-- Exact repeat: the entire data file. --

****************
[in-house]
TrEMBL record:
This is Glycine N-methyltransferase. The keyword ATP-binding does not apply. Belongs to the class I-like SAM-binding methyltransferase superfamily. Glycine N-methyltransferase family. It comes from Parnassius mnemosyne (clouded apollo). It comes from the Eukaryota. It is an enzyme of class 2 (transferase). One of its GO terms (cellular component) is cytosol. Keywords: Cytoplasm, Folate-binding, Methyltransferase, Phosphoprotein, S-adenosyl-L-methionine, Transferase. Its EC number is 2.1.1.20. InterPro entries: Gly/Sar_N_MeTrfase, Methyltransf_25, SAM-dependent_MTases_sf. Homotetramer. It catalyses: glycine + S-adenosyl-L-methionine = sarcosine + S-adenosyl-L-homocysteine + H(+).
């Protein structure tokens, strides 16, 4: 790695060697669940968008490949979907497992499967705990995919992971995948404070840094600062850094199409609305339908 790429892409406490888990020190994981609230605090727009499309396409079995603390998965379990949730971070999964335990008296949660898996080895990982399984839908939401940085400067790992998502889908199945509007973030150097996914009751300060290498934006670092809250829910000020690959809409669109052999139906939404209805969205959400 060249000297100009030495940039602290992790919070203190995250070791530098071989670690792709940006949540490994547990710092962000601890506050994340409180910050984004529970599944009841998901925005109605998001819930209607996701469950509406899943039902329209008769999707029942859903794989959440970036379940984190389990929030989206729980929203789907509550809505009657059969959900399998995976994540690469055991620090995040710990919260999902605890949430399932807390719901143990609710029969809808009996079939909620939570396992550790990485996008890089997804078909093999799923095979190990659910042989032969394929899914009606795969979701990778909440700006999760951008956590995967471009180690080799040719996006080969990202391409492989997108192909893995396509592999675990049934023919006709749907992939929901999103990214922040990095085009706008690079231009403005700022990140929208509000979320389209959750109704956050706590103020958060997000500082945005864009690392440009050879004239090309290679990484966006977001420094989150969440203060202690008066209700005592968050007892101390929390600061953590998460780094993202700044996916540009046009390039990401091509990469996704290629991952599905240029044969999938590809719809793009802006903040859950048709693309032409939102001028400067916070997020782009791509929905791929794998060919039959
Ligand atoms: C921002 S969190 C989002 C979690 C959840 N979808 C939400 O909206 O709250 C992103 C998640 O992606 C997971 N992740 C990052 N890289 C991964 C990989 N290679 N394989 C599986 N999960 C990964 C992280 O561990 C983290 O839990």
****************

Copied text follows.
[in-house]
TrEMBL record:
This is Glycine N-methyltransferase. The keyword ATP-binding does not apply. Belongs to the class I-like SAM-binding methyltransferase superfamily. Glycine N-methyltransferase family. It comes from Parnassius mnemosyne (clouded apollo). It comes from the Eukaryota. It is an enzyme of class 2 (transferase). One of its GO terms (cellular component) is cytosol. Keywords: Cytoplasm, Folate-binding, Methyltransferase, Phosphoprotein, S-adenosyl-L-methionine, Transferase. Its EC number is 2.1.1.20. InterPro entries: Gly/Sar_N_MeTrfase, Methyltransf_25, SAM-dependent_MTases_sf. Homotetramer. It catalyses: glycine + S-adenosyl-L-methionine = sarcosine + S-adenosyl-L-homocysteine + H(+).
């Protein structure tokens, strides 16, 4: 790695060697669940968008490949979907497992499967705990995919992971995948404070840094600062850094199409609305339908 790429892409406490888990020190994981609230605090727009499309396409079995603390998965379990949730971070999964335990008296949660898996080895990982399984839908939401940085400067790992998502889908199945509007973030150097996914009751300060290498934006670092809250829910000020690959809409669109052999139906939404209805969205959400 060249000297100009030495940039602290992790919070203190995250070791530098071989670690792709940006949540490994547990710092962000601890506050994340409180910050984004529970599944009841998901925005109605998001819930209607996701469950509406899943039902329209008769999707029942859903794989959440970036379940984190389990929030989206729980929203789907509550809505009657059969959900399998995976994540690469055991620090995040710990919260999902605890949430399932807390719901143990609710029969809808009996079939909620939570396992550790990485996008890089997804078909093999799923095979190990659910042989032969394929899914009606795969979701990778909440700006999760951008956590995967471009180690080799040719996006080969990202391409492989997108192909893995396509592999675990049934023919006709749907992939929901999103990214922040990095085009706008690079231009403005700022990140929208509000979320389209959750109704956050706590103020958060997000500082945005864009690392440009050879004239090309290679990484966006977001420094989150969440203060202690008066209700005592968050007892101390929390600061953590998460780094993202700044996916540009046009390039990401091509990469996704290629991952599905240029044969999938590809719809793009802006903040859950048709693309032409939102001028400067916070997020782009791509929905791929794998060919039959
Ligand atoms: C921002 S969190 C989002 C979690 C959840 N979808 C939400 O909206 O709250 C992103 C998640 O992606 C997971 N992740 C990052 N890289 C991964 C990989 N290679 N394989 C599986 N999960 C990964 C992280 O561990 C983290 O839990």